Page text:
Does Slow and Steady Win the Race? Not Quite

Riepe, Mark W.; Swerbenski, Bill
August 2005
Journal of Financial Planning;Aug2005, Vol. 18 Issue 9, p22
Academic Journal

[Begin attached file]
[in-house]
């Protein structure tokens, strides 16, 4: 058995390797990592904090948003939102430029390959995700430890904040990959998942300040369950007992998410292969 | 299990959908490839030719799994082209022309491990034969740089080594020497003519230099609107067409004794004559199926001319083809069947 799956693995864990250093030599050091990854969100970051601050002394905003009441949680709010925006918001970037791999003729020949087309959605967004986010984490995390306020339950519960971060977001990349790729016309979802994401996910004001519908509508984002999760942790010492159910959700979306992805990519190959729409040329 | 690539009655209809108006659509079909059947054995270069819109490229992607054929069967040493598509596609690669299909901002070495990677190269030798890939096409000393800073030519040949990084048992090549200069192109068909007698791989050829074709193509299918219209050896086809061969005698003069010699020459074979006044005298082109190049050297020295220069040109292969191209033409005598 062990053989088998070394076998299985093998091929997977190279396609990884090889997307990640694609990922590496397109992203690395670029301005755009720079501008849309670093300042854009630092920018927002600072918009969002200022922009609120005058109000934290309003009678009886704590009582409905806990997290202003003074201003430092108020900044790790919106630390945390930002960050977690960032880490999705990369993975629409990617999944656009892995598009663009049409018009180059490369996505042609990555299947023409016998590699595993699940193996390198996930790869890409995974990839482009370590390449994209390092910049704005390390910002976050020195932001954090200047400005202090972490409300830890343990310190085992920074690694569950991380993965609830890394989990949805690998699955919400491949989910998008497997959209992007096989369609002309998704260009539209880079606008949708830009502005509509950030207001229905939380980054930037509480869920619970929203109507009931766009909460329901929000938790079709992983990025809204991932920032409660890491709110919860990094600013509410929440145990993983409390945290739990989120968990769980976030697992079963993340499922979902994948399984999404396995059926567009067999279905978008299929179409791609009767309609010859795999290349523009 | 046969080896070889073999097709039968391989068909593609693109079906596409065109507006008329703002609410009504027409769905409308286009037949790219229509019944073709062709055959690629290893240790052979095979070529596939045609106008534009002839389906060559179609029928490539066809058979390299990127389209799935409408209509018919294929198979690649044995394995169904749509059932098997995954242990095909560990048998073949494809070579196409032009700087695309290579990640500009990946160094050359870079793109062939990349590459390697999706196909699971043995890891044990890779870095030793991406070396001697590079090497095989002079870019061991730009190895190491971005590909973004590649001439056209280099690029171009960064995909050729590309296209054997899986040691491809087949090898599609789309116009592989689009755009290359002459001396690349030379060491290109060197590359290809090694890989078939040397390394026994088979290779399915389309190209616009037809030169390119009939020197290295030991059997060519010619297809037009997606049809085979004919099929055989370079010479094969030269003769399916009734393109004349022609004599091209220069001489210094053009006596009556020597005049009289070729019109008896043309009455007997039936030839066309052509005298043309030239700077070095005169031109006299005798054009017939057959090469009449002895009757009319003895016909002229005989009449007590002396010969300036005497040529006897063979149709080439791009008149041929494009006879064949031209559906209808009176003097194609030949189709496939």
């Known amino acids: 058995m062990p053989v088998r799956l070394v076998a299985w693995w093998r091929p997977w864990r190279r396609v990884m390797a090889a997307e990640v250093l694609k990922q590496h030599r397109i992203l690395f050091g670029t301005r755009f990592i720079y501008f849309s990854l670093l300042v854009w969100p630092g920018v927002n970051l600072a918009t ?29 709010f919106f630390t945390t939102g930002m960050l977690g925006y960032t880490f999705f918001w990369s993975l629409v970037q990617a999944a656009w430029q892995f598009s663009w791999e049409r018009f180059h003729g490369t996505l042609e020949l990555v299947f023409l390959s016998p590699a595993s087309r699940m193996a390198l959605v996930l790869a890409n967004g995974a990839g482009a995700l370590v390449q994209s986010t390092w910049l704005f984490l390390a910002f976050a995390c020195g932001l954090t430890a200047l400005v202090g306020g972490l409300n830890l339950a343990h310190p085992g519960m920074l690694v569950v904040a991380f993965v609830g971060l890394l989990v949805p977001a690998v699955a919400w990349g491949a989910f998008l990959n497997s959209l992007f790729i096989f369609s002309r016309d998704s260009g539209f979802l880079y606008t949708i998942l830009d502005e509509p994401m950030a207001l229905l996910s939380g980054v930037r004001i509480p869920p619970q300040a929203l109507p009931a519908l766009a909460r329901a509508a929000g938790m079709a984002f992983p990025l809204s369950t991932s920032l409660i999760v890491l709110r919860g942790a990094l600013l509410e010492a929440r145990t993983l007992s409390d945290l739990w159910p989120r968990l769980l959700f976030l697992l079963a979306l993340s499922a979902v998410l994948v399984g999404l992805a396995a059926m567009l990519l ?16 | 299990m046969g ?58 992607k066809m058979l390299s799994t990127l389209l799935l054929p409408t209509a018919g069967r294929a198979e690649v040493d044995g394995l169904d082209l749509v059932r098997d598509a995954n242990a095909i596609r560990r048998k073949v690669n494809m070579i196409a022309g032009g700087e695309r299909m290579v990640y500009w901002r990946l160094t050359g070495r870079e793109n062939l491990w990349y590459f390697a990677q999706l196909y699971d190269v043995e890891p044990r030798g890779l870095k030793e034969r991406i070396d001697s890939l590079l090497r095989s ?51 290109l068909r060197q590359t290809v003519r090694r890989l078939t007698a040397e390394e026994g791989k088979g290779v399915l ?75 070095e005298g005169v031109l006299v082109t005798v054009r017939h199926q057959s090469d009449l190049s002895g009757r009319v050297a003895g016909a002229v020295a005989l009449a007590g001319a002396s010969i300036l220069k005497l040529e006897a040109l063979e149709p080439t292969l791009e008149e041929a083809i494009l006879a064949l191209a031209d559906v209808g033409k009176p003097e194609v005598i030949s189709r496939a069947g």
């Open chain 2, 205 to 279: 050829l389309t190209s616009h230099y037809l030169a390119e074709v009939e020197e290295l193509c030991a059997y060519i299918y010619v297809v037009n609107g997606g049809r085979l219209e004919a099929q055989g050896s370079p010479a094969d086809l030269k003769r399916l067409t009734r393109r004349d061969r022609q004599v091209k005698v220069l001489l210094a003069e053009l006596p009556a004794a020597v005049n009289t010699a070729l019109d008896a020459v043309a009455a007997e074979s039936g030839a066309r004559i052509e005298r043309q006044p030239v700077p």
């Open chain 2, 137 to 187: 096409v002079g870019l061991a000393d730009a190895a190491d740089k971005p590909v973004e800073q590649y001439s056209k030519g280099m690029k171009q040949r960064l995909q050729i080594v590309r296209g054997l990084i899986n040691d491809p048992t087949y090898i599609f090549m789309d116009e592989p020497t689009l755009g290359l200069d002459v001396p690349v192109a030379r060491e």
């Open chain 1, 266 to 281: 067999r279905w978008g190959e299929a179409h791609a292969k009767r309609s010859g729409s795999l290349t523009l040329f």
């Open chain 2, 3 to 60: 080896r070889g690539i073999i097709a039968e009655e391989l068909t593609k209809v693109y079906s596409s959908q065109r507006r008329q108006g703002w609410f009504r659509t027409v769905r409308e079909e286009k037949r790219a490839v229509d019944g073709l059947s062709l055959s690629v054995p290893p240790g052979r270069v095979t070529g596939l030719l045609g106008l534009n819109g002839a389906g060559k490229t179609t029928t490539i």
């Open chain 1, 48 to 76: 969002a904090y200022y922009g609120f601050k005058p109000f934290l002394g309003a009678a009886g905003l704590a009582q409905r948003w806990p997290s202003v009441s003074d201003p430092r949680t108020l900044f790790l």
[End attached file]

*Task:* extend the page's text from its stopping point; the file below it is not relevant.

This article examines the second quartile performance for a mutual fund in the U.S. All domestic equity funds as classified by Morningstar beginning at year-end 1996 were examined. Only diversified funds were used; of these, only distinct share classes were used. A given mutual fund is often available in multiple versions. These versions differ by level of the load charges, amount of ongoing expenses and minimum investment amounts, among other reasons. It turns out that domestic equity funds with consistent second quartile performance are diminishing. The reason why there are two numbers in the Percentile Rank column is that a long-term study like this needs to contend with survivorship bias. The first value in the percentile column acts as if the nonsurviving funds never existed in the first place. The second number assumes the funds existed, and since it is not known exactly what their returns were, assumes their returns would have placed them at the bottom of the five-year performance results. It is established that the hyper-consistent funds that have managed to be second quartile for five straight years just barely turn in top quartile performance on a cumulative basis and that assumes the most aggressive adjustment for survivor bias.


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